Gazette & Herald Column: Keep an eye out for extra sum in your pay cheque

A quiet few days away from Parliament has been very welcome after the torrid events of the last month and it was great to get into the garden with an early taste of Summer, although sadly not one that will last.  It stayed fine, however, for the Palm Sunday procession into our local church and reports suggest it will be dry, if chilly, for our two big local events this weekend; the Devizes to Westminster Canoe Race, now in its 69th year and considered to be one of the toughest open-to-all endurance events in the world, and the Marlborough Passion Play on Easter Saturday which promises to be an amazing and moving spectacle that will showcase the incredible optimism and joy of the Easter story.   

People doing their annual budgets at the start of the new tax year will hopefully have noticed the latest tax changes coming into effect this month which mean that the personal allowance for those earning less than £100,000 will rise to £11,500 – a 70 per cent increase since 2010 and one that means more than a million people on low pay have stopped paying tax altogether.   It’s worth checking your April payslip to see the difference – I was amused when one of my advice surgery visitors said she had noticed the extra money but just thought her employer had made a mistake and didn’t want to report it in case the money was taken back!  I was happy to assure her that it was hers to keep and part of a long term plan to make sure people pay a fair level of tax but get to keep more of their hard-earned money.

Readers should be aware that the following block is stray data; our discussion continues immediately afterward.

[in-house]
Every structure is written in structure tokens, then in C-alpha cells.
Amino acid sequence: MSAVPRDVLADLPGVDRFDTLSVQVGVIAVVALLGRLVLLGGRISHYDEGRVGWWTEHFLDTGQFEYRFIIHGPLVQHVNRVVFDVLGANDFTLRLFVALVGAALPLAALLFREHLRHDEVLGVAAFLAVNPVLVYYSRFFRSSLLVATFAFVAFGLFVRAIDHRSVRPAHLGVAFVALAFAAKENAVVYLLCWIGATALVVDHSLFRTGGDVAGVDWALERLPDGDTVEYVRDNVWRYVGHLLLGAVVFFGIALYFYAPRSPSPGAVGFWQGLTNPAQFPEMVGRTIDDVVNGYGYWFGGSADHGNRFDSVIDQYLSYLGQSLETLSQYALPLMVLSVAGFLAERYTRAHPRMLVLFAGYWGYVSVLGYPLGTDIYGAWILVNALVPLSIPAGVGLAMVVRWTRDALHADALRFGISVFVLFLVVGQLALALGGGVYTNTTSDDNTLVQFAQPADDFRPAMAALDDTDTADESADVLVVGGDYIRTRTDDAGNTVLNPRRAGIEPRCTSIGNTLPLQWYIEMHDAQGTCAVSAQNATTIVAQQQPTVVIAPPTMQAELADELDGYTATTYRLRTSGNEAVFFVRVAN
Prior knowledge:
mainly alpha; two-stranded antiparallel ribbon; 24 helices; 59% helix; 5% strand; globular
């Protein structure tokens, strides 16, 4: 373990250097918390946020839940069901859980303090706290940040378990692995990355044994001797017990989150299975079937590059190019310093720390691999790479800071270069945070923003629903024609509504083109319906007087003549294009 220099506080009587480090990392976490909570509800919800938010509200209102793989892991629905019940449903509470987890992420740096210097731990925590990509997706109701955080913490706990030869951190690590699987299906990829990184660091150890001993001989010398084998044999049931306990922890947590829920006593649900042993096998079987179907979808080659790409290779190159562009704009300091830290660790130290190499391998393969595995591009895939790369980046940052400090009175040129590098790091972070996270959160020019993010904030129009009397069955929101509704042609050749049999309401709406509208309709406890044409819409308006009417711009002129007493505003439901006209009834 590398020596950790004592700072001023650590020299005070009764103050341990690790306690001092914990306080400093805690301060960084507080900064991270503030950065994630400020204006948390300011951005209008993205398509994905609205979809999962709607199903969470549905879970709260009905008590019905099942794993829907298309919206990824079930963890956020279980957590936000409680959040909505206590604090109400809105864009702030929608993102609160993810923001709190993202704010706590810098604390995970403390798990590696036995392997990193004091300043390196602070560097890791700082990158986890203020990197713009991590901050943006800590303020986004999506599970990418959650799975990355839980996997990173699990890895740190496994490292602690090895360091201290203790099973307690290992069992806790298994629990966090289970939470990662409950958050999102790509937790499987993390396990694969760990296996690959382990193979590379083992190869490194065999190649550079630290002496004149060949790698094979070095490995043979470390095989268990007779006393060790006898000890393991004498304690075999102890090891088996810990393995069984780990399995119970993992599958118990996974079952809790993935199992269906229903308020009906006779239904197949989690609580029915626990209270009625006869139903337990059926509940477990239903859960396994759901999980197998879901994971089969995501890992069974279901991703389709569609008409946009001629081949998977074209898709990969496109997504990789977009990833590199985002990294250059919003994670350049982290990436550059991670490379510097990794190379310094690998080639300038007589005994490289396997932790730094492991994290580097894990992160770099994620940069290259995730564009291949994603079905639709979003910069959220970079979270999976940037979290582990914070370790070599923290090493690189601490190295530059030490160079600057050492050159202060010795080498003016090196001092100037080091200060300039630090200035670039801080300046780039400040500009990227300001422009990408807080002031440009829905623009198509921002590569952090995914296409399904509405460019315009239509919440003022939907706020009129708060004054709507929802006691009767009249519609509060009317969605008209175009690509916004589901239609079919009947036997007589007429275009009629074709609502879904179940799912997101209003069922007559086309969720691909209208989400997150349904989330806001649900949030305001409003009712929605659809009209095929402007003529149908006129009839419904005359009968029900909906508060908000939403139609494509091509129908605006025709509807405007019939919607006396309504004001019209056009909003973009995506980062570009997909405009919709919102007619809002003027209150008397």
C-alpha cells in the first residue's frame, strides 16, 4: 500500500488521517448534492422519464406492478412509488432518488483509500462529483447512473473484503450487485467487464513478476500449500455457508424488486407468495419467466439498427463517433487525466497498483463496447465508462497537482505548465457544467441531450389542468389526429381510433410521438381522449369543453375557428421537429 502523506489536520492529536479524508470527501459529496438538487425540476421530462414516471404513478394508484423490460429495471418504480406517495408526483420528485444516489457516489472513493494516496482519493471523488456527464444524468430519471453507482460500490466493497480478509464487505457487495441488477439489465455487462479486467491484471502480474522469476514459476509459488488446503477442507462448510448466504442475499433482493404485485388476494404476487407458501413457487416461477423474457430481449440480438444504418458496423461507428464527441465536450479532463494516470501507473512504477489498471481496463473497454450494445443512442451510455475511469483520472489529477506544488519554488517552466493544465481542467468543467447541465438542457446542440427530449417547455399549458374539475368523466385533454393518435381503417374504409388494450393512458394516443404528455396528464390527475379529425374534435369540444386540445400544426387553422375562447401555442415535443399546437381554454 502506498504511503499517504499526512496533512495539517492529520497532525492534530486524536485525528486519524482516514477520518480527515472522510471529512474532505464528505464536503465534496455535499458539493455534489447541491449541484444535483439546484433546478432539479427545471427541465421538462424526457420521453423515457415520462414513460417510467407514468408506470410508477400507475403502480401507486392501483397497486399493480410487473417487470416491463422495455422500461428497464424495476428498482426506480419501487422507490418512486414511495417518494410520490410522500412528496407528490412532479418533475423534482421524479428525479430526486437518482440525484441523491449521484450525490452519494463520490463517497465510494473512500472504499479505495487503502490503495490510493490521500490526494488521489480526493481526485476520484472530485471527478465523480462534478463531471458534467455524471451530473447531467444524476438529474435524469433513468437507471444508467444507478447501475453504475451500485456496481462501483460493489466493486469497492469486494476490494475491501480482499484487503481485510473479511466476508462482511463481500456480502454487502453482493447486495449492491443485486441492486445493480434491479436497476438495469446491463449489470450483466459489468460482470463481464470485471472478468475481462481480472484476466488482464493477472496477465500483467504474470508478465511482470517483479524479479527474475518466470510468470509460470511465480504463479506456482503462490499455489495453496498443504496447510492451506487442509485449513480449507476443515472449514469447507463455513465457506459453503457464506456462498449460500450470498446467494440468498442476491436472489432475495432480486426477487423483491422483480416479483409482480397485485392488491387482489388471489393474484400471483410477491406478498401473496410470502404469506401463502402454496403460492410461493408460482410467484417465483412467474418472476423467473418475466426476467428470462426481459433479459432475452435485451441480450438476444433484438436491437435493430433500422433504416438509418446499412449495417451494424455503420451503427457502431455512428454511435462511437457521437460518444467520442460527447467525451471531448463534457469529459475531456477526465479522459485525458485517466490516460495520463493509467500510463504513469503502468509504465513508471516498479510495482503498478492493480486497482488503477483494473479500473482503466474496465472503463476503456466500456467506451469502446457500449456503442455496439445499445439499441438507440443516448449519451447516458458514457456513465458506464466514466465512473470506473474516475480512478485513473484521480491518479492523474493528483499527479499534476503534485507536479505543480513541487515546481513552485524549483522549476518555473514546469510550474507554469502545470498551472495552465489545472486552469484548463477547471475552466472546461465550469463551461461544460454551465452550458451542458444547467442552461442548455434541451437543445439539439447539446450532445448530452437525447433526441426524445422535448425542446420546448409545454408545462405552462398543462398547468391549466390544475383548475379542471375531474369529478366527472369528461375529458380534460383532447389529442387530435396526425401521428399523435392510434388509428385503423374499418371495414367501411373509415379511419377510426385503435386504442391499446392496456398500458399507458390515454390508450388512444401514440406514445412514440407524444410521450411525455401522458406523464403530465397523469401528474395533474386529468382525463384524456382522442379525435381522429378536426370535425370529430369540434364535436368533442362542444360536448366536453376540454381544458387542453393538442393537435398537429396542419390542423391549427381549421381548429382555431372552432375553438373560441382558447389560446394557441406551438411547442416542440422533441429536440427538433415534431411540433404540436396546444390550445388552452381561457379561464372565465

This month also sees an increase in the important National Living Wage to £7.50 per hour, meaning people on low pay have seen an annual pay rise of £1,400 since the introduction of NLW last April.  For those with children there is more help ahead later this month with the launch of Tax Free Childcare which will save working parents up to £2,000 per year for each child under 12.  There will also be a series of welfare changes such as boosting income for those on Universal Credit, helping more disabled people back into work and ending housing benefit for 18 to 21 year olds who can safely live at home.  This is all part of an unprecedented package to support people in work and reform the £90 billion working age welfare budget to ensure it provides support to those who need it, but is fair to those who pay for it.